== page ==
Researchers say that Olympic athletes specializing in shooting use one thousand cartridges per week and scatter some 1.3 tons of lead yearly, with harmful effects for surrounding animals and agricultural land. The researchers urge the International Olympic Committee and other sports organizations to replace lead ammunition with steel, which is non-toxic and contains similar technical characteristics.

  • New center will work to improve methods to detect, prevent the spread of nuclear weapons

    The National Nuclear Security Administration (NNSA) has awarded the University of Michigan $25 million to establish the Center for Verification Technology. A team from thirteen universities will work with eight national labs to analyze nuclear nonproliferation efforts, improve technologies for monitoring weapons-grade materials and detecting secret weapon tests, and train the next generation of nonproliferation experts.

  • U.K. prisons serve as recruitment centers for jihadi causes

    A recent report details the growing population of Muslims in British jails, many of whom are declared Islamic extremists. Top-security prison Whitemoor, home to many extremists serving life sentences for plotting acts of terror in the United Kingdom, is considered a recruitment center for al-Qaeda, according to prison inspectors. Roughly 42 percent of prisoners at Whitemoor are Muslims, a stark contrast to the overall U.K. population in which only 5 percent practice Islam.In all, there are 11,729 Muslims in British jails, about one in seven of all inmates.

  • Possibility of “dirty bombs” a major terrorism threat

    The International Atomic Energy Agency (IAEA) has warned that there were 140 cases of missing or unauthorized nuclear and radioactive material in 2013 — a pressing reminder that the possibility of possession of nuclear materials by terrorist organizations is both real and current.

  • Making hunches better than 50-50 propositions

    Detecting roadside bombs while in a moving vehicle; sensing impending danger based on something unusual at local café; deciding whether that object just launched off the coast is a missile or airliner — these are just a few of many scenarios where there is not a lot of time to make a decision, and where we have to rely on hunches. Hunches are 50-50 propositions, but U.S. Navy researchers want to know whether those facing the unexpected in the heat of battle can be trained to guess right more often than not.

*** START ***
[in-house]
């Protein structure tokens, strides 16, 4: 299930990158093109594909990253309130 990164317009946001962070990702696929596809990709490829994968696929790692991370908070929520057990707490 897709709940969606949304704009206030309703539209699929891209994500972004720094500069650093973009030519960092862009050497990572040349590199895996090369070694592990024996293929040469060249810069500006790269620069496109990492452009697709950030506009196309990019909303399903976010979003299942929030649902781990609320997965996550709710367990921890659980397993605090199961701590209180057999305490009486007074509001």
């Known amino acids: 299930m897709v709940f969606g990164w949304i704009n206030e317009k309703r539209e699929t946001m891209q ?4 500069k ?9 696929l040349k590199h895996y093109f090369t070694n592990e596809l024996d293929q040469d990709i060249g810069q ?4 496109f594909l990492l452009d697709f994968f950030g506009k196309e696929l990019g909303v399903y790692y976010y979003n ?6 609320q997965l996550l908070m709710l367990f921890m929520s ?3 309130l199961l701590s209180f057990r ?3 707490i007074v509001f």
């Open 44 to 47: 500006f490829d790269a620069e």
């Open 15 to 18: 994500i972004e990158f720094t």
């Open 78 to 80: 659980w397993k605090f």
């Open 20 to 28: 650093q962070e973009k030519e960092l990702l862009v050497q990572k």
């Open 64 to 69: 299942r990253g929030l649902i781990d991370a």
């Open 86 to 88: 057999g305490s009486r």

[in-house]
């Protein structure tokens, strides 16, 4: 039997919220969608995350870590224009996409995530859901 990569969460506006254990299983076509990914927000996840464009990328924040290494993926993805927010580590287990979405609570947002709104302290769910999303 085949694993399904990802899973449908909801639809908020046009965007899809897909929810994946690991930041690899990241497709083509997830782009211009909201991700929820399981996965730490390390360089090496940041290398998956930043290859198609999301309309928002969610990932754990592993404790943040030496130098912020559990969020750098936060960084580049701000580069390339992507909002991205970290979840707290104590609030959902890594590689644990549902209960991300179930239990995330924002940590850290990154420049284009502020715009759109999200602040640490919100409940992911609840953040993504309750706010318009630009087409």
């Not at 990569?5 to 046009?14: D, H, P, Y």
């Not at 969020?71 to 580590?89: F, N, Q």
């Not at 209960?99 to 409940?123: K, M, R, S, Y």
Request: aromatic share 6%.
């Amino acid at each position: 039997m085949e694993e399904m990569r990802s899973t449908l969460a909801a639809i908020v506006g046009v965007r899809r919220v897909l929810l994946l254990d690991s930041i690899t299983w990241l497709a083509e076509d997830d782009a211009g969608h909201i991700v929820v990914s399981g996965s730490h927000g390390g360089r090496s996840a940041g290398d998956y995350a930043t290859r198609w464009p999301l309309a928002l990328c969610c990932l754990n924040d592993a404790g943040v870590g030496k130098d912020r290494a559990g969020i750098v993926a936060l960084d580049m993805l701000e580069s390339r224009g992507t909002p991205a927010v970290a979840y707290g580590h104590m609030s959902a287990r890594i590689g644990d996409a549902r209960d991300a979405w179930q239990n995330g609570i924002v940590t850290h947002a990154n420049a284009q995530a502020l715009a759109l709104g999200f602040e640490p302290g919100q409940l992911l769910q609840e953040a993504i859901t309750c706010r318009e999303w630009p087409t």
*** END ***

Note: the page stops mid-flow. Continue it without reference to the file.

• Invisibility cloaks, stealth technology a step closer

    It may seem easy in Hollywood movies, but is hard to create invisibility cloaks in real life because no material in nature has the properties necessary to bend light in such a way. Scientists have managed to create artificial nanostructures that can do the job, called metamaterials. The challenge, however, has been making enough of the material to turn science fiction into a practical reality.

  • Obscure element shows promise for nuclear waste storage

    One of the least known elements of the periodic table, californium, may hold the key to the safe and effective long-term storage of nuclear waste, according to new research. The researchers have demonstrated that californium (Cf) has an “amazing” ability to bond and separate other materials, as well as being extremely resistant to radiation damage.

  • Prosecutors ask for confidentiality in NY “Death Ray” case

    Glendon Scott Crawford,a former General Electric Co. industrial mechanic, is standing trails in Albany, New York, for developed a radiological dispersal device which he tried to sell to both the KKK and to Jewish organizations so they could use it to kill Muslims. Several experts argued the device would not work since it would require massive amounts of electricity, weigh enough to crush most vehicles and would require victims to remain still in order to face prolonged exposure from close-range radiation.